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Celtic Colours Experience: By Calum MacCrimmon of Breabach
Our week at Celtic Colours has been a soul-stirring and culturally nourishing experience.
We played music, forged friendships, crossed boundaries and shared memories that will last a lifetime. Delicately now, and with growing thoughts of home, we are on the road back to Halifax Airport with Woody (our final “Drive’er”) at the helm. I am feeling a little emotional to be leaving Cape Breton personally, but equally full of gratitude for this past week’s hospitality and plentiful musical adventures. This year it was our great honour to perform alongside Beòlach as artists in residence. We have been friends for a number of years and have long held on to the mutual dream of working together one day – well this was it! We had our first rehearsal in Glasgow back in August and then (in what seemed like a click of the fingers) it was Mabou – the day of the show. Sharing tunes, reshaping arrangements and bringing this collaborative show together was an absolute joy for us.
Every member of Beòlach displays the highest level of musicianship, unwavering respect for the culture and most importantly, an exceptional character. The show in Strathspey Place was a riot and even felt quite profound at times, most notably the performance of John Morris Rankin’s tune posthumously titled ‘The Last March’ right there on the stage dedicated to his memory. A moment to cherish in our musical careers.
We had a couple of days off to play with after Mabou. Some of the band managed to explore Uisge Ban Falls – Taken aback by the vibrant colours and bustling wildlife. I actually missed that trip in favour of a fine evening with my wife Laura-Beth (who was over playing with The Kinnaris Quintet). We had our ‘date night’ at the Legion in Baddeck. We drank Big Spruce, ate chicken wings and put some money on the ‘Chase the Ace’ 50/50 draw. No jackpot unfortunately but we took a crown and coke at the Yacht Club to cap the night. Perfect!
It was a pleasure to meet a few folk heroes during the festival including Heather Rankin, John MacLean (as part of the piping concert) and we even managed a small gathering in the company of Dave MacIsaac who introduced us to his cassette recordings of Cape Breton music from the ’50s and ’60s. It was an unexpected treat and a privilege to hear these past heroes recorded playing at house ceilidhs back in the day. Dave was so knowledgeable of the performances and very welcoming to us, he really blew our minds with that experience.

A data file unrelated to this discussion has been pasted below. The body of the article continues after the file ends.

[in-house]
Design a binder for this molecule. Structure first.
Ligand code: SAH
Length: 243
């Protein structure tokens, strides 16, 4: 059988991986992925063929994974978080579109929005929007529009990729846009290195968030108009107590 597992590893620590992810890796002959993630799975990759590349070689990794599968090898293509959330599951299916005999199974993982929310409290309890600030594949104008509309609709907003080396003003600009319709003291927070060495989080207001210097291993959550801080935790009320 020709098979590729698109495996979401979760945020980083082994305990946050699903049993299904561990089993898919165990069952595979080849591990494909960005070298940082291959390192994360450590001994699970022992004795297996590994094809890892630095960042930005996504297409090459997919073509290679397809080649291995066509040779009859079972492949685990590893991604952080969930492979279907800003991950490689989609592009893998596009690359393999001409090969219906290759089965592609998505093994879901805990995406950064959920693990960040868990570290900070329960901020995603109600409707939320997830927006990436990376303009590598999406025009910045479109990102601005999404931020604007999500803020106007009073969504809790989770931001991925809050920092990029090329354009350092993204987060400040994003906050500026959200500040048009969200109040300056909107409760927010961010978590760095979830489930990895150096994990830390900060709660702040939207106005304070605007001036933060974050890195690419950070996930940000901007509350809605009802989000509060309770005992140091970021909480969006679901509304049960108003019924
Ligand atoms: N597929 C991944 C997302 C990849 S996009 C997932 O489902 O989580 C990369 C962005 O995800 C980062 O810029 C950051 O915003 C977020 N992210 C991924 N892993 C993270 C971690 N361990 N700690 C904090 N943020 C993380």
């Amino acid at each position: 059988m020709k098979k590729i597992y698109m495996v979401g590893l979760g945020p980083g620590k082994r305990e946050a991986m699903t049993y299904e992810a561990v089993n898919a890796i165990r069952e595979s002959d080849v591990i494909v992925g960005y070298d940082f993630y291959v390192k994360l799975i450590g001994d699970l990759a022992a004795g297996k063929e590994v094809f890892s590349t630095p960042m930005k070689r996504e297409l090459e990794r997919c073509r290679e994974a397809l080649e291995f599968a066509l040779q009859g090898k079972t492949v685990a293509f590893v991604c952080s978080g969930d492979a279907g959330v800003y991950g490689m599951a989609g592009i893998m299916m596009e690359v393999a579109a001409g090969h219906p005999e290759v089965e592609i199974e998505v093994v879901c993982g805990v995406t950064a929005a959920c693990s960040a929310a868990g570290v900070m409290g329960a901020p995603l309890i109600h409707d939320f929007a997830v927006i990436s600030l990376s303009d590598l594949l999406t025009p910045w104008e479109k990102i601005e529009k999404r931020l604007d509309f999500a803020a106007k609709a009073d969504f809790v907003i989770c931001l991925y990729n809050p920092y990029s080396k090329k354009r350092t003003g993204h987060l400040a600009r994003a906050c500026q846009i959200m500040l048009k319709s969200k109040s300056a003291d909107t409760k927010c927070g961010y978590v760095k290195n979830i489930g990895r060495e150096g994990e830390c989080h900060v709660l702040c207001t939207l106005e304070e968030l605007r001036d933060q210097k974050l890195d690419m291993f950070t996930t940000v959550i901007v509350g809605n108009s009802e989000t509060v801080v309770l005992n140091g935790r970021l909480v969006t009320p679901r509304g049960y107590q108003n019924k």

James Mackenzie and I performed as part of the ‘Pipers Pub’ concert on the Thursday night of the festival. We got to hear some incredible dance-driven piping from Matt MacIsaac and Mac Morin, and we were both delighted to have been in the company of John MacLean. Hearing John’s energy in the Strathspeys and his unmistakable swing in the reels was a rare treat. We also got a chance to talk with him about his relations with Alex and Patrick Currie who were very important Cape Breton dance pipers of their generation. The pipers took a tune at the after-hours and from what I can remember delivered around 24 parts of ‘John Morrison of Assynt House’ to an inexhaustible crowd.
The final night and the final Beòlach collaboration was ‘The Causeway Ceilidh’. As a Canadian-born Scot, I have to say that performing in the Civic Centre’s hockey rink was a big personal thrill. My grandfather was the head iceman at The Edmonton Gardens back in the ’50s and I was thinking of him as I snooped around behind the scenes at the hockey goals and the parked Zamboni. The show opened with James Mackenzie, Matt MacIsaac and myself piping in the Lieutenant Governor. We enjoyed a stunning performance by Julie Fowlis and her band, later playing ourselves of course to the amazing Port Hawkesbury crowd. Two highlights of the evening – aside from playing with Beòlach – were the performances from young Emma Stevens in the Mi’kmaq dialect and then later an incredible step-dance showcase from a team of island seniors. It was quite emotional to see and hear the cross-generational and cross-cultural elements that were included in the celebration.
This was Breabach’s third visit to Celtic Colours and we have now realized that the only thing more colourful than the Autumnal leaves are the fantastic local characters who support, attend, cook, organize, transport, entertain and endure all of us visiting artists. We were made to feel welcome at all times and it is clearly the local pride and cultural resilience of Cape Breton that has kept the music alive and continues to breathe new life into this unique musical event year after year. Thanks for letting us be a part of it in 2019!
Calum (of Breabach)
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